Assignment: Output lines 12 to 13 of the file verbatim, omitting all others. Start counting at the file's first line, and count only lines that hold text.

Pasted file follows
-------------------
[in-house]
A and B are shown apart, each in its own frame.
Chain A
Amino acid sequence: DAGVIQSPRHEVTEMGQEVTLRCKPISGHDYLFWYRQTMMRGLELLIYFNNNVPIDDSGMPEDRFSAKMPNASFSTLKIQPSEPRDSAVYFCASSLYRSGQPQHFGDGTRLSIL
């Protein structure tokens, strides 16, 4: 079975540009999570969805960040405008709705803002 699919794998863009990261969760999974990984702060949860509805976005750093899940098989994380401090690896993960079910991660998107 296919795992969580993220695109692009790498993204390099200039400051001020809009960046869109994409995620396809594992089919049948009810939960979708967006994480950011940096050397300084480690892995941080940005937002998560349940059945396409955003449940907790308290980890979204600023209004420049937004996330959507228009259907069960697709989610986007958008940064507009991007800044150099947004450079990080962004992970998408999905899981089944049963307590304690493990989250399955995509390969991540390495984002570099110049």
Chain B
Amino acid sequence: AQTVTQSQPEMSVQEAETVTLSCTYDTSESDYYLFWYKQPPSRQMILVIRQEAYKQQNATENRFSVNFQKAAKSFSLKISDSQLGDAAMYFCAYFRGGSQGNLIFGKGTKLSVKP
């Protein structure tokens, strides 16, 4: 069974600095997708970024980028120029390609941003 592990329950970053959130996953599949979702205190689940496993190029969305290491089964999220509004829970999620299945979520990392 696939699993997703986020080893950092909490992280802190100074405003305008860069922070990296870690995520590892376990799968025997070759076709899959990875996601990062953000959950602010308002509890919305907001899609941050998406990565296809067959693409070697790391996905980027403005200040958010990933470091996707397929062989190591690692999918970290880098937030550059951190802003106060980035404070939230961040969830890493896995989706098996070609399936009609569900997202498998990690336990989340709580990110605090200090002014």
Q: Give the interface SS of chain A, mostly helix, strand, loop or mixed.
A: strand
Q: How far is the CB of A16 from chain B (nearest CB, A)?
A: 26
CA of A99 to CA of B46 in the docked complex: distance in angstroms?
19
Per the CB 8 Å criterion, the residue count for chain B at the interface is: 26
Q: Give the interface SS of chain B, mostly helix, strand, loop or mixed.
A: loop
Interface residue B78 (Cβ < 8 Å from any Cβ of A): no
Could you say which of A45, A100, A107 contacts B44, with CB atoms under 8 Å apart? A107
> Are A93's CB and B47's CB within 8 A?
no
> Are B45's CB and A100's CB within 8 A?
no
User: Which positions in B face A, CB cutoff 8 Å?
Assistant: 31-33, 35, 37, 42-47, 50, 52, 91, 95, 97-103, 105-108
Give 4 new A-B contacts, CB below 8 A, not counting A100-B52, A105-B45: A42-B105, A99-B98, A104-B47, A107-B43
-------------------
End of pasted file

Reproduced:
A: 26
CA of A99 to CA of B46 in the docked complex: distance in angstroms?